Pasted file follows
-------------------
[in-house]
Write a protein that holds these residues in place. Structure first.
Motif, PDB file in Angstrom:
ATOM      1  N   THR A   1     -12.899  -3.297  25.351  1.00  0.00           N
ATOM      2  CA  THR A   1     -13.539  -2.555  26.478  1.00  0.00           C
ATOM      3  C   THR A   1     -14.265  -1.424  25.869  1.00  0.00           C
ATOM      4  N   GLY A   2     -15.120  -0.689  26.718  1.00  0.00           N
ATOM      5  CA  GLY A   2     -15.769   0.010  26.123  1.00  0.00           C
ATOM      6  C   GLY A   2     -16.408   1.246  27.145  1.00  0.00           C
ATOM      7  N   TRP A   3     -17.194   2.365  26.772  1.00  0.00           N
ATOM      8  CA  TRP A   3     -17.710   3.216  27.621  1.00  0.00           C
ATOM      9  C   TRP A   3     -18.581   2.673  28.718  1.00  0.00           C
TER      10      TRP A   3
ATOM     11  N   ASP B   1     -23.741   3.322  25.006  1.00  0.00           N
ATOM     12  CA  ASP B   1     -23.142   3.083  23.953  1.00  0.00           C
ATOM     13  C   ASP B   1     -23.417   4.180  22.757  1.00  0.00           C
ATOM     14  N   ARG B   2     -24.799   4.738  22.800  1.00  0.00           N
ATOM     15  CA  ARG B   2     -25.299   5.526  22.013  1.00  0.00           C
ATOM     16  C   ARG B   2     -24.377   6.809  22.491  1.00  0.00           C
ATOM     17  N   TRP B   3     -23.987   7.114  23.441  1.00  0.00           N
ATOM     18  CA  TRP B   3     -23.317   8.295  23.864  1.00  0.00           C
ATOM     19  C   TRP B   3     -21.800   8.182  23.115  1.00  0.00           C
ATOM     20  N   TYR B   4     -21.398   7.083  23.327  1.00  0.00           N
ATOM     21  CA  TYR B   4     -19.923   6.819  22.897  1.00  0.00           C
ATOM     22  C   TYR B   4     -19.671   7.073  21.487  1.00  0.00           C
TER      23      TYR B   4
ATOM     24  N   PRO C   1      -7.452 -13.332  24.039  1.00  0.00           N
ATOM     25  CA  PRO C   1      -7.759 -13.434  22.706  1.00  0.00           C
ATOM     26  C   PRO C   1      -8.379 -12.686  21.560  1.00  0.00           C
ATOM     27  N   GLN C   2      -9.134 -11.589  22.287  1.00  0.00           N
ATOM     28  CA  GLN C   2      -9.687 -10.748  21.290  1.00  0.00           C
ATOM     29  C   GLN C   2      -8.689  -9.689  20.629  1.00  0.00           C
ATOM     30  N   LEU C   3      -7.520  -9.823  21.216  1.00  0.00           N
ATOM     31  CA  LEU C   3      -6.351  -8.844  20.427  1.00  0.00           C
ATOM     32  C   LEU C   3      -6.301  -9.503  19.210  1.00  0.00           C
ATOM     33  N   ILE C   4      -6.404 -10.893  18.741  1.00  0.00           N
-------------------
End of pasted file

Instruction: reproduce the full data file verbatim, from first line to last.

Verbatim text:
[in-house]
Write a protein that holds these residues in place. Structure first.
Motif, PDB file in Angstrom:
ATOM      1  N   THR A   1     -12.899  -3.297  25.351  1.00  0.00           N
ATOM      2  CA  THR A   1     -13.539  -2.555  26.478  1.00  0.00           C
ATOM      3  C   THR A   1     -14.265  -1.424  25.869  1.00  0.00           C
ATOM      4  N   GLY A   2     -15.120  -0.689  26.718  1.00  0.00           N
ATOM      5  CA  GLY A   2     -15.769   0.010  26.123  1.00  0.00           C
ATOM      6  C   GLY A   2     -16.408   1.246  27.145  1.00  0.00           C
ATOM      7  N   TRP A   3     -17.194   2.365  26.772  1.00  0.00           N
ATOM      8  CA  TRP A   3     -17.710   3.216  27.621  1.00  0.00           C
ATOM      9  C   TRP A   3     -18.581   2.673  28.718  1.00  0.00           C
TER      10      TRP A   3
ATOM     11  N   ASP B   1     -23.741   3.322  25.006  1.00  0.00           N
ATOM     12  CA  ASP B   1     -23.142   3.083  23.953  1.00  0.00           C
ATOM     13  C   ASP B   1     -23.417   4.180  22.757  1.00  0.00           C
ATOM     14  N   ARG B   2     -24.799   4.738  22.800  1.00  0.00           N
ATOM     15  CA  ARG B   2     -25.299   5.526  22.013  1.00  0.00           C
ATOM     16  C   ARG B   2     -24.377   6.809  22.491  1.00  0.00           C
ATOM     17  N   TRP B   3     -23.987   7.114  23.441  1.00  0.00           N
ATOM     18  CA  TRP B   3     -23.317   8.295  23.864  1.00  0.00           C
ATOM     19  C   TRP B   3     -21.800   8.182  23.115  1.00  0.00           C
ATOM     20  N   TYR B   4     -21.398   7.083  23.327  1.00  0.00           N
ATOM     21  CA  TYR B   4     -19.923   6.819  22.897  1.00  0.00           C
ATOM     22  C   TYR B   4     -19.671   7.073  21.487  1.00  0.00           C
TER      23      TYR B   4
ATOM     24  N   PRO C   1      -7.452 -13.332  24.039  1.00  0.00           N
ATOM     25  CA  PRO C   1      -7.759 -13.434  22.706  1.00  0.00           C
ATOM     26  C   PRO C   1      -8.379 -12.686  21.560  1.00  0.00           C
ATOM     27  N   GLN C   2      -9.134 -11.589  22.287  1.00  0.00           N
ATOM     28  CA  GLN C   2      -9.687 -10.748  21.290  1.00  0.00           C
ATOM     29  C   GLN C   2      -8.689  -9.689  20.629  1.00  0.00           C
ATOM     30  N   LEU C   3      -7.520  -9.823  21.216  1.00  0.00           N
ATOM     31  CA  LEU C   3      -6.351  -8.844  20.427  1.00  0.00           C
ATOM     32  C   LEU C   3      -6.301  -9.503  19.210  1.00  0.00           C
ATOM     33  N   ILE C   4      -6.404 -10.893  18.741  1.00  0.00           N